Others recognised included Andrew Adamson, director of the animated box office hit Shrek, who flew from Russia to receive his award for services to the creative sector.

Multi-millionaire Wellington businessman-turned-investor Neville Jordan accepted his award for services to business and investment.

Surgical robotics technologist Dr Catherine Mohr was recognised for her global impact on life sciences and renowned surgical oncologist Dr Murray Brennan was awarded for his contributions to research.

World Class New Zealand also acknowledged the substantial impact American technology entrepreneur and Kiwi Landing Pad director Craig Elliott has had on New Zealand’s standing in America’s tech world, announcing him this year’s Friend of New Zealand.

The awards, established by Kea (Kiwi Expatriates Association) New Zealand in 2003, include among past winners former Deputy Prime Minister Sir Don McKinnon, fashion entrepreneur Peri Drysdale and physicist Sir Paul Callaghan, who was recognised posthumously in 2012.

Kea New Zealand global chief executive Craig Donaldson said last night’s winners were saluted for taking flight and creating global success against all odds.

“Their success has been earned in workplaces far less glamorous than the world-famous sports fields and concert stages but their contribution to our country is immense and should be widely promoted to inspire others to dream big.”

Had they won on sports fields or concert stages we’d probably know more about them.

But success in business and science usually take place below the popular radar.

Mr Donaldson said the awards played a vital role in recognising “tall poppies”, particularly when New Zealanders were not confident at promoting their successes.

“There are so many amazing Kiwis around the world who have done world-class things but none of us have heard about them.” . . .

More’s the pity.

Success in business, science and any other positive field of endeavour should be celebrated the way successes in sport and the arts are.

This year’s judges included Sir Tipene O’Regan, Professor Margaret Brimble, Dr Craig Nevill-Manning, Peri Drysdale, Dame Judith Mayhew Jonas and Jon Mayson.

Q & A The Herald asked the six winners the same set of questions:

1. Was there a specific moment or turning point that helped launch your career? What drove you to make the choices you made?
2. In your opinion, is there something special that sets Kiwis apart or helps Kiwis succeed on the world stage?
3. What can New Zealanders do better to improve their chances of success overseas?
4. Which one New Zealander do you feel epitomises the Kiwi attitude to success and why?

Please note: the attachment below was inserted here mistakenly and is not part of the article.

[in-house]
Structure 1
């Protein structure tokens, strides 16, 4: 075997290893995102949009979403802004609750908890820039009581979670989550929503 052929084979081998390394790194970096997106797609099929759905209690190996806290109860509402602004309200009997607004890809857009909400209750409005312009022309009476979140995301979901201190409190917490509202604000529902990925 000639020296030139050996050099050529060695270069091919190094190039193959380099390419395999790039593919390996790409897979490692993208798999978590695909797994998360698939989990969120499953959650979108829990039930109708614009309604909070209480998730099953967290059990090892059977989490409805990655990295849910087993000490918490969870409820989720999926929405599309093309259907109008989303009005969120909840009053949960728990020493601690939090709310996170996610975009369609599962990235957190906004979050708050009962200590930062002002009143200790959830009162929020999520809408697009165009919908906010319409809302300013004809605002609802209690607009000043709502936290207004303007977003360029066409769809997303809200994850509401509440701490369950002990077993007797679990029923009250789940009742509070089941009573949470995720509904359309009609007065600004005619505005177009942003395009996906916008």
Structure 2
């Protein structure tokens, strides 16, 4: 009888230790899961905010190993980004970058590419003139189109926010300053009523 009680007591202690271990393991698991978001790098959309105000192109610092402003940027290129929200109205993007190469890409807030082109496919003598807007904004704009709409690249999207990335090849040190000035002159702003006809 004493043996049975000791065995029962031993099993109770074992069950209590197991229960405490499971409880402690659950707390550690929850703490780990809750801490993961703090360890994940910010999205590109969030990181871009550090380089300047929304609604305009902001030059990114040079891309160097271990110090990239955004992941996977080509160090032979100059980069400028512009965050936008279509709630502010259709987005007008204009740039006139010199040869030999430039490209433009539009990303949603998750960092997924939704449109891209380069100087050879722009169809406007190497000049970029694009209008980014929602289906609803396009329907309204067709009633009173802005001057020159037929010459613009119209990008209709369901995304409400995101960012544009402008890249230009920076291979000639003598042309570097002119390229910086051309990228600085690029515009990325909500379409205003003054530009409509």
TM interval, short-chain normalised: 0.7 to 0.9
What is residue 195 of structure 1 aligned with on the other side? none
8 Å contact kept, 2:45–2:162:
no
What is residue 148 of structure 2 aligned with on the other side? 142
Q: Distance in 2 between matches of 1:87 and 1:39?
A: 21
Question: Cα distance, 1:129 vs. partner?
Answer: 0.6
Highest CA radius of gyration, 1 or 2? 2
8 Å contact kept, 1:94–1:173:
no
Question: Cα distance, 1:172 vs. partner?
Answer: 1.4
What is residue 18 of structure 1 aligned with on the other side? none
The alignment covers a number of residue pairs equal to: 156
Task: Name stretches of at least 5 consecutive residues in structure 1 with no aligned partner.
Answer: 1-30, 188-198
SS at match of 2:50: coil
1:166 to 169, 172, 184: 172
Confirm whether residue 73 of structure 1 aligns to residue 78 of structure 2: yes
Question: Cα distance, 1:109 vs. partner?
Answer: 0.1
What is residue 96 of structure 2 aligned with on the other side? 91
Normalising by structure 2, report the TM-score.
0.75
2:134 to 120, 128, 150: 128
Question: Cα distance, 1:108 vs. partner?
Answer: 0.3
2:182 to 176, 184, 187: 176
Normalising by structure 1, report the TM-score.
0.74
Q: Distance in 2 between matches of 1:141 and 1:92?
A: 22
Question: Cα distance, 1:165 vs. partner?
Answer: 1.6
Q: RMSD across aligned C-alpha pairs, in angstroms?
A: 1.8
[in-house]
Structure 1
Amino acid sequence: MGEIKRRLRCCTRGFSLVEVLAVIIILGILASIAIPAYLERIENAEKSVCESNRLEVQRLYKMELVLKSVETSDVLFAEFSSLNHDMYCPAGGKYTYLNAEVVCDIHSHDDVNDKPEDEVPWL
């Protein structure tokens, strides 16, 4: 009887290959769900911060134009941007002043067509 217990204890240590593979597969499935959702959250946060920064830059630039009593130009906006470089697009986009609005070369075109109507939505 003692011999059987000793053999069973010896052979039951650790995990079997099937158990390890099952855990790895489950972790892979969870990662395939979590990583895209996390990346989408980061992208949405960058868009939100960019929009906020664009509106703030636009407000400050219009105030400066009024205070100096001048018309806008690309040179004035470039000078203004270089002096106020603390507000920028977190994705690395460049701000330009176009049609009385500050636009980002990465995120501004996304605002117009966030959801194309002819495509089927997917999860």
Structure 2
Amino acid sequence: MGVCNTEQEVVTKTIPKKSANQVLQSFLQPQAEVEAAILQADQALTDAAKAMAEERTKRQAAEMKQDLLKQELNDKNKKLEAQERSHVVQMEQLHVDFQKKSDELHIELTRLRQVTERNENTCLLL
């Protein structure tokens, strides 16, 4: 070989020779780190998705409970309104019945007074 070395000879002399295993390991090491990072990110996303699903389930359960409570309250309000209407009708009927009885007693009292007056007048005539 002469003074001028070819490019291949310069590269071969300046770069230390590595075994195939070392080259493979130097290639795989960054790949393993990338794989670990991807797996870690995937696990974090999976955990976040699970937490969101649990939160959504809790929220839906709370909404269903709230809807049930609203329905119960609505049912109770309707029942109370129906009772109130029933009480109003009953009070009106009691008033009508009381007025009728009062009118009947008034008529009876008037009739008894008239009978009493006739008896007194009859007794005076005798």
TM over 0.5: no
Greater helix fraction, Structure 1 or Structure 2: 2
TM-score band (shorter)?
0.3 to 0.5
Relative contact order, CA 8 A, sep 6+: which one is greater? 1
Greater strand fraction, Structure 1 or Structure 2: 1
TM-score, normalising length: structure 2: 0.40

5. What does being a World Class New Zealander mean to you?
6. Sum up your career in 10 words or less.

Answers include:

Dr Murray Brennan . . .

3. Having your own vision is important, but equally so is the ability to see the world through someone else’s eyes and see the opportunities that they see. It may be a given, but hard work isn’t just an important factor in success, it’s inevitable. . .

5. A deep feeling of gratitude. While I have been recognised in other parts of the world for my work, to be honoured with this award here in New Zealand by such an esteemed group of judges is a special milestone.

6. Otago education, serendipity, hard work, tenacity, vision, next generation investment.

Dr Catherine Mohr . . .

3. Our greatest strengths are often the source of vulnerabilities as well. The very dauntless attitude that leads Kiwis to take on anything, can lead to a tendency to reinvent when it might be better to adapt, or to change what is there currently, when it may be better to simply move forward. . . 

5. As a New Zealander who largely grew up away from New Zealand, being a Kiwi has always been an anchor of my identity. I felt great pride to be a part of this community. It is an incredible honour to be receiving this award. It is like being welcomed home.

6. Finding ways to use technology to improve the human condition.

Neville Jordan . . .

3. Understand their place in the world and behave as a world citizen. . .

5. It provides a quiet space within; to reflect on and about all those who have helped me along the way.

6. Vision, courage and stamina.

Claudia Batten . . . 

3. We have to realise that when we step on to the world stage there is another code, another set of rules, and learn them. I think we can be a little naive; a little too “smell of the oily rag”.

4. Maybe it’s human nature to want to hear about soap stars and athletes. I find it repetitive and uninspired. We should talk about the Sarah Robb O’Hagans, Victoria Ransoms, Greg Crosses, Jonty Kelts and Guy Horrocks a lot more than we do every one of them pushing boundaries and setting new standards internationally.

5. As Kiwis on the world stage we have an obligation to represent all the positives that people associate with New Zealanders and then take it to another level. We need to be out there setting the groundwork so that others can have a slightly less bumpy road as they come in behind us.

6. A squiggly line!

Craig Elliott . . .

3. New Zealanders should not be afraid to raise their hands and tell the world about their good ideas. . . .

5. Being an “American” World Class New Zealander allows me to help more New Zealand entrepreneurs and serve as their network into Silicon Valley. Any way I can bring attention to the innovation in New Zealand is fantastic and I’m honoured to be able to help.

6. Farm boy turned high tech CEO/fly fisherman.

 This refers to those who’ve been awarded Queen’s Birthday honours, but it applies equally to these people and the many others most of us don’t know who make a positive difference every day:

It’s important that we recognise those who make a difference in our communities.